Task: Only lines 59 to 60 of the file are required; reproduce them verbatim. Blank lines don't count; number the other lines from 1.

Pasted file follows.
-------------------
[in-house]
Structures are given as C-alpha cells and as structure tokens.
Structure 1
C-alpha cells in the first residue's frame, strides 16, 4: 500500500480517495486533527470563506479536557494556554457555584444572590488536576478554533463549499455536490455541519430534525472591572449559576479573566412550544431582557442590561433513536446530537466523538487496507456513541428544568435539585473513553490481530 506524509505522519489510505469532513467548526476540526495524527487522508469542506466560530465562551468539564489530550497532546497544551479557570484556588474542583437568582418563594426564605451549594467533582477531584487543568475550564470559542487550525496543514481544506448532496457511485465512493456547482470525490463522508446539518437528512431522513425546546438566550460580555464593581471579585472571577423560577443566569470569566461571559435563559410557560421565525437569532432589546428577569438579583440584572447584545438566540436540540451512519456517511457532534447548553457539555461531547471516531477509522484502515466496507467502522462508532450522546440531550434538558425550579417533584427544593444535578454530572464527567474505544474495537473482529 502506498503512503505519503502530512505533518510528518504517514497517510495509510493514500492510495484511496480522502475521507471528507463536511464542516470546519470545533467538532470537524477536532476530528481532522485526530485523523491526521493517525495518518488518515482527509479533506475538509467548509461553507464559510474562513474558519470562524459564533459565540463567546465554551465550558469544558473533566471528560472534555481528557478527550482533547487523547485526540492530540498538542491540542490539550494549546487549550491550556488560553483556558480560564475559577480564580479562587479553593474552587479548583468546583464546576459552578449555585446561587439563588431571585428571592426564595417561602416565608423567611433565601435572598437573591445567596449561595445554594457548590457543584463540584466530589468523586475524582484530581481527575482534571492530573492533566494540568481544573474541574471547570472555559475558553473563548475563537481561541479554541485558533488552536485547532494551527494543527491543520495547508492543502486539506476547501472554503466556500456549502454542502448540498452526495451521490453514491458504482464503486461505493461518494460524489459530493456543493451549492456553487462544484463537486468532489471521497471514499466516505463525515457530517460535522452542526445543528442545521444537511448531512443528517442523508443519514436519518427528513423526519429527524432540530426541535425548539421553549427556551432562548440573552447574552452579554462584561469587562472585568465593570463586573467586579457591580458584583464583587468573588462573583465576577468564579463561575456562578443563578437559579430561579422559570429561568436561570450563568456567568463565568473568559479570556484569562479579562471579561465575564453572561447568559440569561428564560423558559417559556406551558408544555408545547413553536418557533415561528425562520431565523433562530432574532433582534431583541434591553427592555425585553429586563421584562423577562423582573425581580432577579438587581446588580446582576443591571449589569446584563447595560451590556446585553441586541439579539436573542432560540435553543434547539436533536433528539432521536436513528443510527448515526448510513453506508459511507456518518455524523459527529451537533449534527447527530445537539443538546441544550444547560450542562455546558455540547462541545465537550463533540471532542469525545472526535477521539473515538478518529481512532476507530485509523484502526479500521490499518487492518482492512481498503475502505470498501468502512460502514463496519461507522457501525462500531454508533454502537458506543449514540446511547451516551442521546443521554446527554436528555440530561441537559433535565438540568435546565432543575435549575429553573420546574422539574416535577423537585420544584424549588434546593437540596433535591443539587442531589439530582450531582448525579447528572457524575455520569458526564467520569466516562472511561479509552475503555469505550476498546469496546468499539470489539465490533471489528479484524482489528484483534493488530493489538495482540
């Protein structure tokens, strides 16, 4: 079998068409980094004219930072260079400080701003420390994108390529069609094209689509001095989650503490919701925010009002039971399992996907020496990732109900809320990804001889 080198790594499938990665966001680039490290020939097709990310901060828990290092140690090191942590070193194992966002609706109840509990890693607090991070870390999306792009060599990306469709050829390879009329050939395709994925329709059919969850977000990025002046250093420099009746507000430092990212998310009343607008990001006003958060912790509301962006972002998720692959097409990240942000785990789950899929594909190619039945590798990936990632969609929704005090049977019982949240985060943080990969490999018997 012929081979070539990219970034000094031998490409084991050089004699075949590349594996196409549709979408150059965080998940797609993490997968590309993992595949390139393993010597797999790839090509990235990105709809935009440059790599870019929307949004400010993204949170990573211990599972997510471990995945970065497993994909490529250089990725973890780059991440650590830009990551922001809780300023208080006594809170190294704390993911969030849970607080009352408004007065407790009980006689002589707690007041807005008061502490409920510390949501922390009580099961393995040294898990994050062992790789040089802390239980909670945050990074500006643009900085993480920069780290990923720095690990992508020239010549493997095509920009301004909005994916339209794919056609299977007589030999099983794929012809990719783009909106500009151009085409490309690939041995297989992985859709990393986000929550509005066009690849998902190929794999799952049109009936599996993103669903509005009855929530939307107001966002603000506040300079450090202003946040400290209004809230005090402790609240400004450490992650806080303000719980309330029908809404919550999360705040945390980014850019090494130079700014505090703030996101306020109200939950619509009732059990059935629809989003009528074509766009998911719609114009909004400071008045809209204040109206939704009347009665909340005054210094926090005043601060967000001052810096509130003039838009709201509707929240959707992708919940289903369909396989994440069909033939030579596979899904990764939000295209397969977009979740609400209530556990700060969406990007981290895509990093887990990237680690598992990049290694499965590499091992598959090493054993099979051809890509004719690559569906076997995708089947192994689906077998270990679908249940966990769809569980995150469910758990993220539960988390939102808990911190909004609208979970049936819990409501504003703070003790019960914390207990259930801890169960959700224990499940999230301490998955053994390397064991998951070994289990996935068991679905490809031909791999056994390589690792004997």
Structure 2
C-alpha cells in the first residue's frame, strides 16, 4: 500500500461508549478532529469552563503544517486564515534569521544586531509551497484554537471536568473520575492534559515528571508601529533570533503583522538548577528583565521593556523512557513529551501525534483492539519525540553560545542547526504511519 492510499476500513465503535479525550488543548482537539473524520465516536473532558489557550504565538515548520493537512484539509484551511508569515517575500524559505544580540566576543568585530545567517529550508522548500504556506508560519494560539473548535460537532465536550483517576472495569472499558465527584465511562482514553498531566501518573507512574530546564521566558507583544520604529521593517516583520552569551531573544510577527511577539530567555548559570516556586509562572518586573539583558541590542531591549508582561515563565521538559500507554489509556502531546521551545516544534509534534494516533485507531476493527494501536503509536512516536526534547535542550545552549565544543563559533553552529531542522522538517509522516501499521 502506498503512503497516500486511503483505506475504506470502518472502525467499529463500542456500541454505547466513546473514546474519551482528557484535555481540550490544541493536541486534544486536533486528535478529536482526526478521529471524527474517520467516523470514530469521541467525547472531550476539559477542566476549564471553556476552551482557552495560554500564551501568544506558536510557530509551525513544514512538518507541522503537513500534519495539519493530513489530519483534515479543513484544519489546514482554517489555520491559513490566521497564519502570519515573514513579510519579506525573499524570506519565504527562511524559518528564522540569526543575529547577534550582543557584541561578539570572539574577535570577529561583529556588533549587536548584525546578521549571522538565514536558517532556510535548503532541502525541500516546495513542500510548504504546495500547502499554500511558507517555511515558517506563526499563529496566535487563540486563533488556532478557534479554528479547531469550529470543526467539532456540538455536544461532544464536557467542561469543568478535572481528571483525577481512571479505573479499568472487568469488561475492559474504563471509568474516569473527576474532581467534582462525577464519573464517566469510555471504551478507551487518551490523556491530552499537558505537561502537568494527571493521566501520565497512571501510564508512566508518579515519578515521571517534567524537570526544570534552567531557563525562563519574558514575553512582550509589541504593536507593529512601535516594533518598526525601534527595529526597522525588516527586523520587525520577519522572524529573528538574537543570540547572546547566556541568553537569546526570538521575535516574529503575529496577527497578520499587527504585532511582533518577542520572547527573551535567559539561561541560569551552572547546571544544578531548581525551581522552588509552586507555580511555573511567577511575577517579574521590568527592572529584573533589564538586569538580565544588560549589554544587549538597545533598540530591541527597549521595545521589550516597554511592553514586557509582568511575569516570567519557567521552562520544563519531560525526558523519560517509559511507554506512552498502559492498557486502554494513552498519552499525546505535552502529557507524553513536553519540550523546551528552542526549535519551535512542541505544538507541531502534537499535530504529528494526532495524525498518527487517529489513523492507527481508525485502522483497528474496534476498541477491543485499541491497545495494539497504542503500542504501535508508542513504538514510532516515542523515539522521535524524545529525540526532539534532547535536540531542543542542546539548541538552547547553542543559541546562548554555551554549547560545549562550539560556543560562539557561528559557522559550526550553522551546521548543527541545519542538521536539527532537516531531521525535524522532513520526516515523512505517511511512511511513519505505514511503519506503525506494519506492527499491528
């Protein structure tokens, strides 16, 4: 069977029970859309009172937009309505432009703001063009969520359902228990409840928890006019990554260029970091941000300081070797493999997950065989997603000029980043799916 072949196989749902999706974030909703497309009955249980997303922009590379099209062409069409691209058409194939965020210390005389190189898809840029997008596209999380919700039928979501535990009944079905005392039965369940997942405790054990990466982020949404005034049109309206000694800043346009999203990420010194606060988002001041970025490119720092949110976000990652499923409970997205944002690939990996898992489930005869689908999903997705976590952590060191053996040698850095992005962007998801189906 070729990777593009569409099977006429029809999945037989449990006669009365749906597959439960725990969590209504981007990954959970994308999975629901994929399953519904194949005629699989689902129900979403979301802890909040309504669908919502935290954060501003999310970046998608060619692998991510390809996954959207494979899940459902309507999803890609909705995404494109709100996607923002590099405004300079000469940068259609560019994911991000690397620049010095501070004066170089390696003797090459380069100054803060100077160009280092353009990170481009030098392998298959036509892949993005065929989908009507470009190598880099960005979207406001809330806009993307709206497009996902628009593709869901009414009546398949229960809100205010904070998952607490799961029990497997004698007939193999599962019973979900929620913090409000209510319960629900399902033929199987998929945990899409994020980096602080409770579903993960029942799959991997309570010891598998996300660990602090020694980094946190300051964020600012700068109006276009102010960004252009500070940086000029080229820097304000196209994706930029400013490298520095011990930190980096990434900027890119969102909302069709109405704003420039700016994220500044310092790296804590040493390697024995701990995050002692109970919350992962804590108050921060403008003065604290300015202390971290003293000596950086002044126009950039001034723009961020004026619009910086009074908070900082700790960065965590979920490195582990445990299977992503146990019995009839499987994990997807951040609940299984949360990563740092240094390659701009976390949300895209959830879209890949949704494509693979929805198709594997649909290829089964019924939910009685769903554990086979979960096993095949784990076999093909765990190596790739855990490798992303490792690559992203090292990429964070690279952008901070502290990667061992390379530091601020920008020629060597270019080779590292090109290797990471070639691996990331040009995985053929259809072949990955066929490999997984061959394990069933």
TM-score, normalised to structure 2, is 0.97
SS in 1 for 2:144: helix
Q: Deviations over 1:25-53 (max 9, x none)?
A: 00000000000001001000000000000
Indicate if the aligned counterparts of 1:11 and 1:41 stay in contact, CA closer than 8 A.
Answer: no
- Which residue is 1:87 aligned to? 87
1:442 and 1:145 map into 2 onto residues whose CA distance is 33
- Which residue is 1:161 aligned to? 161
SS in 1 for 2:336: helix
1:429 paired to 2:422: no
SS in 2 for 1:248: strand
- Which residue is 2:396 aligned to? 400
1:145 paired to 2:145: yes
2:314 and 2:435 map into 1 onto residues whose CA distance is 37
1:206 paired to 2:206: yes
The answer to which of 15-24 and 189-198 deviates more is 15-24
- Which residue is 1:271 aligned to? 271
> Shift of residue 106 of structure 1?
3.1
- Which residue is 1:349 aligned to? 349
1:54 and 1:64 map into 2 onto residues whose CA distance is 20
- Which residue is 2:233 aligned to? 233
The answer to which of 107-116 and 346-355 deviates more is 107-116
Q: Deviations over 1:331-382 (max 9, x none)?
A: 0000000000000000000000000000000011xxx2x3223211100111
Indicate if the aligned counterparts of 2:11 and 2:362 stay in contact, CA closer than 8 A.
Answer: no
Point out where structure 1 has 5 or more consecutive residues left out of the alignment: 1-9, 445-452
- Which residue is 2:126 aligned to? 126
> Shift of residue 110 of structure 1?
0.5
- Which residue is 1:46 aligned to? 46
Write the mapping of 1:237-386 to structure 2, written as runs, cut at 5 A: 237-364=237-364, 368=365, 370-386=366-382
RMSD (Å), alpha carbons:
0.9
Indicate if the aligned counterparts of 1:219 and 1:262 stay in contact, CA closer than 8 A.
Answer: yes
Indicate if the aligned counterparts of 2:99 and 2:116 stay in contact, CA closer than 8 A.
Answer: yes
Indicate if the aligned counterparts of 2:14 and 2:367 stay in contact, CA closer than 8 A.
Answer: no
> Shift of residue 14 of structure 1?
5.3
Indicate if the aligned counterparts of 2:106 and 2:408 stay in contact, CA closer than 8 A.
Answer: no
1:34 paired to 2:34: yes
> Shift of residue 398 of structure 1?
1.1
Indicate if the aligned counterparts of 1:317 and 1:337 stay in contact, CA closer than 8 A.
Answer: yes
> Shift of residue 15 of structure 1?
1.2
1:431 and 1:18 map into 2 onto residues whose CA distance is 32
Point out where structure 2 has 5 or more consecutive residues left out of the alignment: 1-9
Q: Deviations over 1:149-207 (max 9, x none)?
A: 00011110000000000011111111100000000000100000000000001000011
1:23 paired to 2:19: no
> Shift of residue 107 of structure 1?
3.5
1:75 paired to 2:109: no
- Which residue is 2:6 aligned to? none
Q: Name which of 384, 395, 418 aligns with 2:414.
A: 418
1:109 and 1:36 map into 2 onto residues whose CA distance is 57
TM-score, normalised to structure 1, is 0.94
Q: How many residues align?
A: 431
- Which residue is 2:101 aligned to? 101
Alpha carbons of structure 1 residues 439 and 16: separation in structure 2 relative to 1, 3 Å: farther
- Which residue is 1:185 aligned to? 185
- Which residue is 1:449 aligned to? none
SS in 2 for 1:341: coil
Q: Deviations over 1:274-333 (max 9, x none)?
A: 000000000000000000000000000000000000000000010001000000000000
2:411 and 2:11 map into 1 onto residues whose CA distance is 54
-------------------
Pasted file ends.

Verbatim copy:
Answer: yes
> Shift of residue 15 of structure 1?